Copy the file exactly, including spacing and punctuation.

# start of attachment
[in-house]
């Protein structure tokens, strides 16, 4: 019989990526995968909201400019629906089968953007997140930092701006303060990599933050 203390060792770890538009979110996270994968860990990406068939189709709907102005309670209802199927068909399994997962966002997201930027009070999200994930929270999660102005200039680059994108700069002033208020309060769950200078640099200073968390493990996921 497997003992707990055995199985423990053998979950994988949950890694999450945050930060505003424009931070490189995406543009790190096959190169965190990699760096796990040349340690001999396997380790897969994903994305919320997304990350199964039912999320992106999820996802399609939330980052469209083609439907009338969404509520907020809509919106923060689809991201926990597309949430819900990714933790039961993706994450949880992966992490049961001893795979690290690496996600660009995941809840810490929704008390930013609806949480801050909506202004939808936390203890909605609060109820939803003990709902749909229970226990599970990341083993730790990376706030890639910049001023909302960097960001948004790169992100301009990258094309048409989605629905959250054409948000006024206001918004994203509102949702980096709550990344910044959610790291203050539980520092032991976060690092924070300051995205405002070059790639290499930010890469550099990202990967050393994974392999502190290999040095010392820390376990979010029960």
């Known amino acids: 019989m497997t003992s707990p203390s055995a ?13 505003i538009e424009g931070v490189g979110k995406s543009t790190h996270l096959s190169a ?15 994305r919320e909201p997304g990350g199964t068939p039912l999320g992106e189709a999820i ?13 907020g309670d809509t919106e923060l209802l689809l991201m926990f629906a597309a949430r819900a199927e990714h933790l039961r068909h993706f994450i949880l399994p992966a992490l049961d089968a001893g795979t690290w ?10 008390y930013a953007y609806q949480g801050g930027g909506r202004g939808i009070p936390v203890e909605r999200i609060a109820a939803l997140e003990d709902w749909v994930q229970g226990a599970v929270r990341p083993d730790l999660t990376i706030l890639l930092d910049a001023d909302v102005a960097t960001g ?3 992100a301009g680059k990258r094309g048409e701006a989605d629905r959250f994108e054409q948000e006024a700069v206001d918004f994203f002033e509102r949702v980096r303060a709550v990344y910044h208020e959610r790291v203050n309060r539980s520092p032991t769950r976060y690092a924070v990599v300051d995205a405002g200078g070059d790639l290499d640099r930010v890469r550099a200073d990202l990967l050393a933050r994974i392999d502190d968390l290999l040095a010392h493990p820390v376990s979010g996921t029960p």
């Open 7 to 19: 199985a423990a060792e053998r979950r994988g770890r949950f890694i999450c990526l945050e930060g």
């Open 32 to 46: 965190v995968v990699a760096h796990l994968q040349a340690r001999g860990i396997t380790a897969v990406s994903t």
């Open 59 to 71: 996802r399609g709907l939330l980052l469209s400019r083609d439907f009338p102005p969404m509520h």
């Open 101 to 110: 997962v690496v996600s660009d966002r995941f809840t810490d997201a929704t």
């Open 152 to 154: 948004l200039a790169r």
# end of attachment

[in-house]
């Protein structure tokens, strides 16, 4: 019989990526995968909201400019629906089968953007997140930092701006303060990599933050 203390060792770890538009979110996270994968860990990406068939189709709907102005309670209802199927068909399994997962966002997201930027009070999200994930929270999660102005200039680059994108700069002033208020309060769950200078640099200073968390493990996921 497997003992707990055995199985423990053998979950994988949950890694999450945050930060505003424009931070490189995406543009790190096959190169965190990699760096796990040349340690001999396997380790897969994903994305919320997304990350199964039912999320992106999820996802399609939330980052469209083609439907009338969404509520907020809509919106923060689809991201926990597309949430819900990714933790039961993706994450949880992966992490049961001893795979690290690496996600660009995941809840810490929704008390930013609806949480801050909506202004939808936390203890909605609060109820939803003990709902749909229970226990599970990341083993730790990376706030890639910049001023909302960097960001948004790169992100301009990258094309048409989605629905959250054409948000006024206001918004994203509102949702980096709550990344910044959610790291203050539980520092032991976060690092924070300051995205405002070059790639290499930010890469550099990202990967050393994974392999502190290999040095010392820390376990979010029960």
């Known amino acids: 019989m497997t003992s707990p203390s055995a ?13 505003i538009e424009g931070v490189g979110k995406s543009t790190h996270l096959s190169a ?15 994305r919320e909201p997304g990350g199964t068939p039912l999320g992106e189709a999820i ?13 907020g309670d809509t919106e923060l209802l689809l991201m926990f629906a597309a949430r819900a199927e990714h933790l039961r068909h993706f994450i949880l399994p992966a992490l049961d089968a001893g795979t690290w ?10 008390y930013a953007y609806q949480g801050g930027g909506r202004g939808i009070p936390v203890e909605r999200i609060a109820a939803l997140e003990d709902w749909v994930q229970g226990a599970v929270r990341p083993d730790l999660t990376i706030l890639l930092d910049a001023d909302v102005a960097t960001g ?3 992100a301009g680059k990258r094309g048409e701006a989605d629905r959250f994108e054409q948000e006024a700069v206001d918004f994203f002033e509102r949702v980096r303060a709550v990344y910044h208020e959610r790291v203050n309060r539980s520092p032991t769950r976060y690092a924070v990599v300051d995205a405002g200078g070059d790639l290499d640099r930010v890469r550099a200073d990202l990967l050393a933050r994974i392999d502190d968390l290999l040095a010392h493990p820390v376990s979010g996921t029960p």
């Open 7 to 19: 199985a423990a060792e053998r979950r994988g770890r949950f890694i999450c990526l945050e930060g």
């Open 32 to 46: 965190v995968v990699a760096h796990l994968q040349a340690r001999g860990i396997t380790a897969v990406s994903t």
């Open 59 to 71: 996802r399609g709907l939330l980052l469209s400019r083609d439907f009338p102005p969404m509520h």
């Open 101 to 110: 997962v690496v996600s660009d966002r995941f809840t810490d997201a929704t």
């Open 152 to 154: 948004l200039a790169r």